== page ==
According to the Federal Motor Carrier Safety Administration (FMCSA), in 2012, a total of 3,802 large trucks were involved in fatal crashes, which was an increase from 2011. Injuries caused by large trucks also witnessed an increase, going up by 22%, from 63,000 to 77,000. Given the sheer size and weight of trucks, the injuries caused by them are often life-altering, leaving a lasting impact that affects not only the injured person, but his or her family as well.
At Sanders.Law, our Kansas City truck accident attorneys exclusively represent injury victims in both Kansas and Missouri, and are passionate about providing dedicated legal assistance. Medical expenses and psychological injuries from a commercial truck accident can be overwhelming, which is why it’s important to enlist legal guidance as soon as possible. If you or someone you love was injured in a truck accident, reach out to us for fierce and compassionate representation.
Our legal team cares about our clients. Contact us today at (816) 844-6938.
Who is Liable in a Truck Accident?
Unlike car accidents, truck accidents often involve more than one liable party. One or more of the following might be responsible for a victim’s injuries:
- The truck driver
- The owner of the truck
- The trucking company
- The manufacturer of the truck, tires, or other parts that might have been defective and caused the accident
- The loader of the truck’s cargo in cases where improper loading led to the accident
When a trucking company fails to properly hire and train drivers, and they cause an accident, victims can sue the company under a theory called “negligent hiring.” The FMCSA outlines requirements for drivers of commercial motor vehicles that all drivers and employers of drivers must follow.
According to federal law, a truck driver must meet the following requirements:
- Is at least 21 years old
- Can read and speak English sufficiently to understand highway traffic signs, respond to official inquiries, and make entries on reports and records.
- Can, by reason of experience, training, or both, safely operate the type of commercial motor vehicle they drives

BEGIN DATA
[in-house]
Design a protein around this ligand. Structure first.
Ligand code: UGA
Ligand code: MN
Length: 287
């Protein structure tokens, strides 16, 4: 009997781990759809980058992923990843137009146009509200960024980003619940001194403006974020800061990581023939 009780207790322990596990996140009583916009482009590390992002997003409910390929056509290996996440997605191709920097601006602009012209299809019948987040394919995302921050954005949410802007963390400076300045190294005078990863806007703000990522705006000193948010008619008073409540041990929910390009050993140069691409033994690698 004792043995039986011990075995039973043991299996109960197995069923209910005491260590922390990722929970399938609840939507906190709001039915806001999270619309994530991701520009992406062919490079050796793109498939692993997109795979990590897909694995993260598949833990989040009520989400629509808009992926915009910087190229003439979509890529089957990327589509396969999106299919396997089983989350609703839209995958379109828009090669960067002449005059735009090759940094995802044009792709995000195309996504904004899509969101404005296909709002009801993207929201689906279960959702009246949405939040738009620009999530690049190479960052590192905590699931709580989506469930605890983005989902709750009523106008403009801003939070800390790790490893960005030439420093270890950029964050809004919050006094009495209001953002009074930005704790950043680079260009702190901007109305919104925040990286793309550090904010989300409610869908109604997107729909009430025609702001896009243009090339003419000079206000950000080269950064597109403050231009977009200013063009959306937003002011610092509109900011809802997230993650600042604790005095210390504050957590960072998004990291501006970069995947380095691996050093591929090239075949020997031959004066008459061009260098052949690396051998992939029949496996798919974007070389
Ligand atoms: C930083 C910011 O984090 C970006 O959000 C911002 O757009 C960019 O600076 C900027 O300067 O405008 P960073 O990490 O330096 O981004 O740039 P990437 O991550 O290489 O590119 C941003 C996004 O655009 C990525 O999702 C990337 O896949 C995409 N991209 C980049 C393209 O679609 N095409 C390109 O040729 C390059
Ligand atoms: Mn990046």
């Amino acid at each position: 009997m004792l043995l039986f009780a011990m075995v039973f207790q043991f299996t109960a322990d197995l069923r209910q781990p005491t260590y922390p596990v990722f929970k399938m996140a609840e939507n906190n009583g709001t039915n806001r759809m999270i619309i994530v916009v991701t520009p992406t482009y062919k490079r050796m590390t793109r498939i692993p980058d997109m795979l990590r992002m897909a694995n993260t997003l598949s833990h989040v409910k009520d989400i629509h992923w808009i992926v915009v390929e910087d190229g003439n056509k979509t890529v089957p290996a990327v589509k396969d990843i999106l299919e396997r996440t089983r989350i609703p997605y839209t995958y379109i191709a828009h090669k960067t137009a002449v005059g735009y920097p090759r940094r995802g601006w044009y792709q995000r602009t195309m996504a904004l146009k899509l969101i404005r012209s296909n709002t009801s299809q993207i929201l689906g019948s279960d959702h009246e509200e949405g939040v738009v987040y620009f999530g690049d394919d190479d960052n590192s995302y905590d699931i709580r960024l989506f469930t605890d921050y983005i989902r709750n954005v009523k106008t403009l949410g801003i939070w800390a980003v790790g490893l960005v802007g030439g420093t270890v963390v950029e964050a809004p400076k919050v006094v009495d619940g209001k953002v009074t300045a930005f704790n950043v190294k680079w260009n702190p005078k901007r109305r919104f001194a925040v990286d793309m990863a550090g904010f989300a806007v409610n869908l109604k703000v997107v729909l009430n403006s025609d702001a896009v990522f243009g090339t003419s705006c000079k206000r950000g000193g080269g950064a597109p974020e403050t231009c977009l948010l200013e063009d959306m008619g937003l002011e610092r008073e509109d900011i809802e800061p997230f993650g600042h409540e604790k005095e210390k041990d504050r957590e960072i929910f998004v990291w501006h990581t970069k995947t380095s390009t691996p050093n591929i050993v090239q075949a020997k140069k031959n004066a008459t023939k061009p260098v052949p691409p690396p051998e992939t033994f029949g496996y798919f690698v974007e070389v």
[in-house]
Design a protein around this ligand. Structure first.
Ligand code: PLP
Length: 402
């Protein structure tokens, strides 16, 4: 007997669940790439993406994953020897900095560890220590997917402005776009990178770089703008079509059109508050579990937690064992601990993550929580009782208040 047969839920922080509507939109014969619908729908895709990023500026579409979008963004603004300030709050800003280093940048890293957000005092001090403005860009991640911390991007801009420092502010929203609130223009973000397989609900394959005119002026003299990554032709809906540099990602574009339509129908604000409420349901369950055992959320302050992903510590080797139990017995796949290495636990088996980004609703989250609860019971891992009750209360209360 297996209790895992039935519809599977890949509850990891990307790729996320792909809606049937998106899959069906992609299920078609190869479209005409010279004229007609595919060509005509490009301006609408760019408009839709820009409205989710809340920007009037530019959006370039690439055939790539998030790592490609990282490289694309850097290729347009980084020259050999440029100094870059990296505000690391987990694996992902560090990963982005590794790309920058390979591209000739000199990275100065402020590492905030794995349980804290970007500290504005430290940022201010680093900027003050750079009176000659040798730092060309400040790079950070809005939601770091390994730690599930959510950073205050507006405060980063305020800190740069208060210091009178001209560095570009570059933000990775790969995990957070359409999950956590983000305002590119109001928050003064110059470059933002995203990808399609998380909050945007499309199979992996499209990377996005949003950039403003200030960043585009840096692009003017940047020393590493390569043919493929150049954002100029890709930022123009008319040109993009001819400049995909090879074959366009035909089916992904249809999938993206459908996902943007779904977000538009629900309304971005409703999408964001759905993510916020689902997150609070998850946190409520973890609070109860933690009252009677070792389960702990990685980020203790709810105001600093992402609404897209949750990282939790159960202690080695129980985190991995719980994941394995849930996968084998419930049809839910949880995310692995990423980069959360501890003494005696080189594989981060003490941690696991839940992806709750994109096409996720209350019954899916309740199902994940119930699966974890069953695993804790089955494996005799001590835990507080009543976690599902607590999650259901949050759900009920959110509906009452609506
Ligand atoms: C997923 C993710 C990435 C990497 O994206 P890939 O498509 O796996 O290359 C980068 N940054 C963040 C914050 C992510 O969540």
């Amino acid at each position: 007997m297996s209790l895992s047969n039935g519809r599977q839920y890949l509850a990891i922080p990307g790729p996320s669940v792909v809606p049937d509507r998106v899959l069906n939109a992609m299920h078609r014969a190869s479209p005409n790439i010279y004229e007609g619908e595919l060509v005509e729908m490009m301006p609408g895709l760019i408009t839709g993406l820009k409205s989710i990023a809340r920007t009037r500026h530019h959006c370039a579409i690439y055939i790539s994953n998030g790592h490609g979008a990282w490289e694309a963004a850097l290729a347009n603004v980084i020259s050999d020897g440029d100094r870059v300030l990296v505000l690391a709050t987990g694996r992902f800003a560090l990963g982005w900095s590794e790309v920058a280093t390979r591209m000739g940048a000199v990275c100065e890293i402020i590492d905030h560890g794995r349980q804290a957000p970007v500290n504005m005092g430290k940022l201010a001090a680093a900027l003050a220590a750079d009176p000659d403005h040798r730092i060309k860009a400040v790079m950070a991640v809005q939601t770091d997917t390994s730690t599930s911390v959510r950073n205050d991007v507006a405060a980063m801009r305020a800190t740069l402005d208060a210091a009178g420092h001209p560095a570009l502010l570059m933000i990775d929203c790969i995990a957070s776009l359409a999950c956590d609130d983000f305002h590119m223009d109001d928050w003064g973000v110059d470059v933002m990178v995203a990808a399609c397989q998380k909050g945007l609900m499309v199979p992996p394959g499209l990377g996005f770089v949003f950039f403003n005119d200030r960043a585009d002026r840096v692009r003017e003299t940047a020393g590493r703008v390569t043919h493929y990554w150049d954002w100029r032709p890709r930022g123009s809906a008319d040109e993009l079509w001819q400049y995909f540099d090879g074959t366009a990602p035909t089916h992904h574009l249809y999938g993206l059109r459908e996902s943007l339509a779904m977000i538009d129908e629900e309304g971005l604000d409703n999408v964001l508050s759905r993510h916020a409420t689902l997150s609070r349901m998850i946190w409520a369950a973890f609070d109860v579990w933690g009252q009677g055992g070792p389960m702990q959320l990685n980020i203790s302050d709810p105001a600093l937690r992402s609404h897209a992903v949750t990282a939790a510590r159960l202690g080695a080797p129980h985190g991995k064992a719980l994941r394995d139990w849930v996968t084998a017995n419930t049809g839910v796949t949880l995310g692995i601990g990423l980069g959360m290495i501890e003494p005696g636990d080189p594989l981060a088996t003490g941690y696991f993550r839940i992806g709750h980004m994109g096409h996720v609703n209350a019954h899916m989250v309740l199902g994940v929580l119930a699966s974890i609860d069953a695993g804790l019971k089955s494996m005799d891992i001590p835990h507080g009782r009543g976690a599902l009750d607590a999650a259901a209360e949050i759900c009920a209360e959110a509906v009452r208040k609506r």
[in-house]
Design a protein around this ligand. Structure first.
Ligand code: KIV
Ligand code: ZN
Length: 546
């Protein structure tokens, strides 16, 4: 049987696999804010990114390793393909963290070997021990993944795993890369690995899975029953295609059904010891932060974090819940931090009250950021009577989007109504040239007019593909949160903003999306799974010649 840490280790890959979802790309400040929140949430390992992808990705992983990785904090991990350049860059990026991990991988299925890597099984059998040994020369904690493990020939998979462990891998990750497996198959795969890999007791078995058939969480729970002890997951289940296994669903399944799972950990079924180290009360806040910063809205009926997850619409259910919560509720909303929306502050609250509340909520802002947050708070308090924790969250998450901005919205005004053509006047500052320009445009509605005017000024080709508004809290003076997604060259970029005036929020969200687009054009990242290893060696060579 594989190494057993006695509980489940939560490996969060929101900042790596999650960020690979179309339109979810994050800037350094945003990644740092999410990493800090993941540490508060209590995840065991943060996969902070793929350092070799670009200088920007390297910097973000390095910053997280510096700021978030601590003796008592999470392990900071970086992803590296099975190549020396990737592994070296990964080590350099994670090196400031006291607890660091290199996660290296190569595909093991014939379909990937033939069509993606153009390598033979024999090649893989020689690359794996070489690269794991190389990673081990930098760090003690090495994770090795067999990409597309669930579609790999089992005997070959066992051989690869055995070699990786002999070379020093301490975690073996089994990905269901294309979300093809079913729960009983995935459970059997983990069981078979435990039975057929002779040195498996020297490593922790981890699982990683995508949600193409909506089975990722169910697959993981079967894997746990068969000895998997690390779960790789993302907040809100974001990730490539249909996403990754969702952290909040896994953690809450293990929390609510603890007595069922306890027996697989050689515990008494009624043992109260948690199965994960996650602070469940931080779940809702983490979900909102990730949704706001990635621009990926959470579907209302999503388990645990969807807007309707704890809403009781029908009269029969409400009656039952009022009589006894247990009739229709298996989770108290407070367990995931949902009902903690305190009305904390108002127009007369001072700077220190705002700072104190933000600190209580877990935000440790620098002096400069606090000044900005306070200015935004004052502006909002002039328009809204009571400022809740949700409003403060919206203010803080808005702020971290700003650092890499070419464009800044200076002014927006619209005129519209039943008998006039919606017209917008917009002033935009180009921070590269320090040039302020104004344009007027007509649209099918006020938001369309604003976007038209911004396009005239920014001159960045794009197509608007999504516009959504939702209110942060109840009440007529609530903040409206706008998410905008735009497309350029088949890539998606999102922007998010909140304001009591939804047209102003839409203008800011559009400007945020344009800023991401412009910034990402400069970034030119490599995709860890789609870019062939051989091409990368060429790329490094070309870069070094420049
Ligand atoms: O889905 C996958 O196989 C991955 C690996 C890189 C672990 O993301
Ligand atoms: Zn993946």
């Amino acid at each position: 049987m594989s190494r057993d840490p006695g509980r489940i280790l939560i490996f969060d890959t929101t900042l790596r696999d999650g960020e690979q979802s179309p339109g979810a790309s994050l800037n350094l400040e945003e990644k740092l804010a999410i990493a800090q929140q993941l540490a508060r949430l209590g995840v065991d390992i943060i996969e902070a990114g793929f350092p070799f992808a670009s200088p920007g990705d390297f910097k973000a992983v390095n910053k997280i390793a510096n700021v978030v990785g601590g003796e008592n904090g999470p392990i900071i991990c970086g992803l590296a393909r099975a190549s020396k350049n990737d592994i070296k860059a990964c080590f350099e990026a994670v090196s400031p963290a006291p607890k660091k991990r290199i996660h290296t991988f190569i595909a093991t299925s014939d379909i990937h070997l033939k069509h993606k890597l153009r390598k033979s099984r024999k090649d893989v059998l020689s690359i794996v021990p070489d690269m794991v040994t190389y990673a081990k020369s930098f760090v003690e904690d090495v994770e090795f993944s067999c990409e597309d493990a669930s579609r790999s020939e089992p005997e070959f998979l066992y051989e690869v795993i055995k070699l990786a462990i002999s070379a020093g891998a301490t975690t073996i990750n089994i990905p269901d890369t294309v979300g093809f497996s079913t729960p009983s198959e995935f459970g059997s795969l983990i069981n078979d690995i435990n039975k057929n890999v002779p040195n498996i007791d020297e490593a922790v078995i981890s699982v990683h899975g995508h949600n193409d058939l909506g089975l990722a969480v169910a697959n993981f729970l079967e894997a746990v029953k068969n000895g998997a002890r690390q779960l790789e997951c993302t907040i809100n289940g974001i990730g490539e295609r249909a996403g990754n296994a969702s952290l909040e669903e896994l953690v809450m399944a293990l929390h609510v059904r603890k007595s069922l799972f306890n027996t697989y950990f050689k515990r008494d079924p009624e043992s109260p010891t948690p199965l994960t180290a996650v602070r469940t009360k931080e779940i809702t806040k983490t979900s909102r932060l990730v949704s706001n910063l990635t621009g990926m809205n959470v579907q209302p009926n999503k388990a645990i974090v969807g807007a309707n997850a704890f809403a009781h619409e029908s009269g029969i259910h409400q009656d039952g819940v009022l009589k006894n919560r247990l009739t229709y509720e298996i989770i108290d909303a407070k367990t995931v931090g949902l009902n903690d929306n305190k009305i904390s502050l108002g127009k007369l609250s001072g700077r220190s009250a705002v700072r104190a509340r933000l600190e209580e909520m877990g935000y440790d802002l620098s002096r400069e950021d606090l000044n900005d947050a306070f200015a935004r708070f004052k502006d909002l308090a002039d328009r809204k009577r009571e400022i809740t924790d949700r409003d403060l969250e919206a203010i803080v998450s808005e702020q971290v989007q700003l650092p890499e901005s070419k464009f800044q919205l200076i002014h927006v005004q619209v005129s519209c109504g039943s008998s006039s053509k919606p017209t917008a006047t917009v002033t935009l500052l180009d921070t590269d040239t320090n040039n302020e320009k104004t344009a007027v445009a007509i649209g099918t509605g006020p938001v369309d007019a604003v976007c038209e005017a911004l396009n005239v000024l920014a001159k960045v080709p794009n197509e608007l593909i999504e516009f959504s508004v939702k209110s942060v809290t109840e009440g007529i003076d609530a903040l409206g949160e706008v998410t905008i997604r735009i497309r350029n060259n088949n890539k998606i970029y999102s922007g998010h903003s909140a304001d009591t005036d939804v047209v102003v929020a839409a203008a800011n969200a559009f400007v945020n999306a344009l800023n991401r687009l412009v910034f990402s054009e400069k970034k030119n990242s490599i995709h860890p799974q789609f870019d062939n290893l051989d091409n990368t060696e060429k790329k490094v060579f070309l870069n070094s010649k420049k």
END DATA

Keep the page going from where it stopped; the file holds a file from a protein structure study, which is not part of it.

- Is physically qualified to drive a commercial motor vehicle in accordance with the physical qualifications required by law
- Has a currently valid commercial motor vehicle operator's license
- Has prepared and furnished their motor carrier with a certified list of all motor vehicle traffic violations of which they been convicted in the preceding 12 months
- Is not disqualified to drive a commercial motor vehicle due to a criminal conviction, such as a DUI or drug possession
- Has successfully completed a driver's road test and has been issued a certificate of driver's road test
The law generally expects employers to make sure (1) their employees have the proper commercial driving license, (2) they provide proper certifications and training information, (3) they check driving history and any past accidents and (4) they screen for medical history, drug use, or past criminal behavior.
Common Causes and Types of Truck Accidents
One of the most common causes of truck accidents is truck driver fatigue. Despite the fact that there are regulations that restrict the number of hours a trucker is allowed to drive without rest, many often go beyond these limits. These long work hours prevent a driver from getting sufficient recovery time, which results in a slower reaction times and reduced ability to assess situations. According to the FMCSA, truck driver fatigue and hours of service continue to be a critical issue in safety. In 2014, a study revealed that 13% of commercial motor vehicle drivers were considered to have been overly fatigued during the time of their crash.